Richard Montgomery, Mathematics Professor, emeritus, UCSC, (Coordinates. Email: rmont ufigureitout edu. Office: 4140 McHenry

Math Publications
Oct 12, 2023: they did the coin flip experiment!
Classes taught.
vita ( 2022)

2023 07 20 MercedHole Hands

Merced River, July 20 or 21, 2023. Photo courtesy of Toby Roessingh

Ph.D. Student
unpublished math
recommended math books .
Beautiful math videos (via Gil Bor)


    Life and work in academia
A Vulture at the University House & ...
    (commentary on that Vulture)
The Windows of McHenry
Gutting the Science Library and the resulting
    Senate Resolution , and SJ Merc News Op-Ed

    On and Off the River
Fig Trees & Bare Feet
Plan B
David Gill swims the Stan
Three Trips (with Lars)
Memorium. Lars. 2009.

the all-administrative Univeristy direction the UCSC seems to be driving hard for.
world statistics visualization warning! optimism abounds here!
a favorite blog

N body : animations, etc
Falling Cats
Open Problem Lists

video. slides. audio.
a podcast interview on whitewater in CA go to episode 20

Editorial Boards (only one!)


some student theses

Photos and a video. Mostly of paddling
    physics, paddling
    more paddling
the Big One, on the San Lorenzo
        (and quite short!)

Research Blurb

(ammended Sept. 2012:)For nearly 15 years my primary mathematical obsession has been the planar zero-angular momentum three body problem. The basic question within that problem is still open after 344 years of work. Arbitrarily close to a bounded (eg. periodic) solution, does there exist an unbounded solution?

My methods are primarily those of differential geometry, so I might be called an applied differential geometer. Calculus of variations, dynamical systems, a bit of Lie group theory, and a smidge of topology often arise in my papers. Algebraic geometry has been sneaking in, due to the influences of blow-up on my work with Zhitomirskii and the birth of a K3 inside the planar 4 body problem.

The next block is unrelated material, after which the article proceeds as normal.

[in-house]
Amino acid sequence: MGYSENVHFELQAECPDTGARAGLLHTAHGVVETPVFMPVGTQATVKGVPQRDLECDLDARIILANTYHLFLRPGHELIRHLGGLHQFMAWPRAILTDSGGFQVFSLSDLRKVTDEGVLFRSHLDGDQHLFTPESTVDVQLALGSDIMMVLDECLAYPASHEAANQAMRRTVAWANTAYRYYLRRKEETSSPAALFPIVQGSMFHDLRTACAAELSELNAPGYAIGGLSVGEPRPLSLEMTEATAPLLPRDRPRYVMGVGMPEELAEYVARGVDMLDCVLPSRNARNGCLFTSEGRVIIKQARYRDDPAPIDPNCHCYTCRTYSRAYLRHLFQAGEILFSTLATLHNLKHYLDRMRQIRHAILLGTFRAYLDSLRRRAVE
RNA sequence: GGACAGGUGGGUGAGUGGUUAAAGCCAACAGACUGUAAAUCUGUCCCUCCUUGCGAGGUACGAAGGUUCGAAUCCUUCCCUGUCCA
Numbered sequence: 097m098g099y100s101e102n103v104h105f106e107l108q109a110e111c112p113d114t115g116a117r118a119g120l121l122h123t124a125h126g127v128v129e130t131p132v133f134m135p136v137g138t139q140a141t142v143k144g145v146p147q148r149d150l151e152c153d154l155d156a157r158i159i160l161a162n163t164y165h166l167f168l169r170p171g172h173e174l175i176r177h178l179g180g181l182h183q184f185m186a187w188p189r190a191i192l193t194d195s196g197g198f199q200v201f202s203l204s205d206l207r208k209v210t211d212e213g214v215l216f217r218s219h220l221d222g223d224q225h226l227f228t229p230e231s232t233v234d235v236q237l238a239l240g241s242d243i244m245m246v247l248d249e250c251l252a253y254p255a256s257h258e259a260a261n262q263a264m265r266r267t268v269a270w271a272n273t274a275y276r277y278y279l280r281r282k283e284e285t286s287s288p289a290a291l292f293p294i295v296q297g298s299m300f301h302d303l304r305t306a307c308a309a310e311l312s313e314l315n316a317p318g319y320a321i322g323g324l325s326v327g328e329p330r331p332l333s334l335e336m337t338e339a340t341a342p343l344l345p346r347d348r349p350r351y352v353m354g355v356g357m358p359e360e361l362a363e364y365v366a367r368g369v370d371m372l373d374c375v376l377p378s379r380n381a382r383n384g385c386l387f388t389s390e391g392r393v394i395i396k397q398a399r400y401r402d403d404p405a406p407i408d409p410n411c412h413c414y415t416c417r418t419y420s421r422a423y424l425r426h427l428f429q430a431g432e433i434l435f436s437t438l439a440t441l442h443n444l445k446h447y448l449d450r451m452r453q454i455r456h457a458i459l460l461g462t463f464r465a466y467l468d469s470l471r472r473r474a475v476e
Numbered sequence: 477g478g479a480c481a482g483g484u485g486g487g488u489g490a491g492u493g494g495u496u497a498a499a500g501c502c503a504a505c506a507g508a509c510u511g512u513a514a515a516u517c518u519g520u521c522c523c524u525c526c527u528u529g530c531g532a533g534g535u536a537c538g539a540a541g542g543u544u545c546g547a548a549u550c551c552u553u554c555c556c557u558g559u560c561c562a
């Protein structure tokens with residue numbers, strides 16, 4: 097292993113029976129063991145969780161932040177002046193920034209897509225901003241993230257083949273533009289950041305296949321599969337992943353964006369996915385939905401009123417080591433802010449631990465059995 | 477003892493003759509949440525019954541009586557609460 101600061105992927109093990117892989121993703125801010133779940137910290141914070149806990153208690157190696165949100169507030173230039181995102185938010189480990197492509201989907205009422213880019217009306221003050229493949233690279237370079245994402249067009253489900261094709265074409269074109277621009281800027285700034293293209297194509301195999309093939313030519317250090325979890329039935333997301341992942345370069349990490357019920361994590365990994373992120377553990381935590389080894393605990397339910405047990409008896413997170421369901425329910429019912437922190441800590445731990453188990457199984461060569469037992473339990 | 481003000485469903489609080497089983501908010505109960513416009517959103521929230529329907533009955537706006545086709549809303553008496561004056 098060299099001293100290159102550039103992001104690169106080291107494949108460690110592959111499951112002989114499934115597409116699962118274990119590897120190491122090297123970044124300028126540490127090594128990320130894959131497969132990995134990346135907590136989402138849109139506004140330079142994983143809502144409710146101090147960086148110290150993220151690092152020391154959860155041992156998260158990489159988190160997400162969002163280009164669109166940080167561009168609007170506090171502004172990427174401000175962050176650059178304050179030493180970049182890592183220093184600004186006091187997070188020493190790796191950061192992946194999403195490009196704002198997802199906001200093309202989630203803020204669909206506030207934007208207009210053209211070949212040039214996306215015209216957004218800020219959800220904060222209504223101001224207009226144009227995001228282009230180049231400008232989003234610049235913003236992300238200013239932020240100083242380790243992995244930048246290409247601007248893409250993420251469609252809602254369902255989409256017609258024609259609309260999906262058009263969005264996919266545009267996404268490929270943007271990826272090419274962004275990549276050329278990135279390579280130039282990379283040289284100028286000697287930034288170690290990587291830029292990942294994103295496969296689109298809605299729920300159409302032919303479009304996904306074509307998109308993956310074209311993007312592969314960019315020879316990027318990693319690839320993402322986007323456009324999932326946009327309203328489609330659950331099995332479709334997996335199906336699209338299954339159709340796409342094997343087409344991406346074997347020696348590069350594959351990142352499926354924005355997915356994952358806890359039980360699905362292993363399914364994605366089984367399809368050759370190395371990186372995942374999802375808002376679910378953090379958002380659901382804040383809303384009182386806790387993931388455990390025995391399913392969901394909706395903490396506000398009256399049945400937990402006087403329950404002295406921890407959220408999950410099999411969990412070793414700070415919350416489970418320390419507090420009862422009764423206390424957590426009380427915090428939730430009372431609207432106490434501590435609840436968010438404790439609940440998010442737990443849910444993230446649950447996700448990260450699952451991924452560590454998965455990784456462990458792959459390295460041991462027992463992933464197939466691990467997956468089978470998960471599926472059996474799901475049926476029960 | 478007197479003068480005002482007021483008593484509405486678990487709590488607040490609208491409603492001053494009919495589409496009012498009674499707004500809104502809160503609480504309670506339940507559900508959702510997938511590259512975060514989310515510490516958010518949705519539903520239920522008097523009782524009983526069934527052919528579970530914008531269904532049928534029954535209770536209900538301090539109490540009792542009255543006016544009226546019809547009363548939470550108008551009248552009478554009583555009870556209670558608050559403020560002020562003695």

A big influence on my career has been `classical' gauge theory: the geometry of a principal bundle with connection. Following the physicists Shapere, Wilczek and Guichardet, I explored the connections between gauge theory and questions in everyday (not high energy) physics and control such as how does how a cat, dropped from upside down, with zero angular momentum? Idealizing the cat to consist of only three mass points led me deep into the jungle of the three-body problem, where I have stumbling about in wonderment ever since.

Overview of research periods
1982-1988. Symplectic and Poisson reduction. What is the reduced space of the cotangent bundle of a principal bundle?
1986-1998. Falling cats. The isoholonomic problem. Realization that the isohol. problem is one of optimal control. Subriemannian geometry, culminating in the `abnormal geodesic' and a book titled `A tour of SubRiemannian Geometry'.
1999-2012 and on. Beginning with the rediscovery of Cris Moore's figure eight solution to the three body problem, Chenciner and I helped open up a mini-industry of `choreography' solutions to the N-body problem. My most general result here is the theorem that with the exception of Lagrange's orbit every zero angular momentum negative energy solution to the three body problem has instants of collinearity, or `syzygies'.
2002- 2011. Various problems and the interstices of singularity theory, geometry of plane-fields (distributions), and algebraic geometry, culminating in a book with Misha Zhitomirskii: `Points and Curves in the Monster Tower'.

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updated, Sept. 12, 2012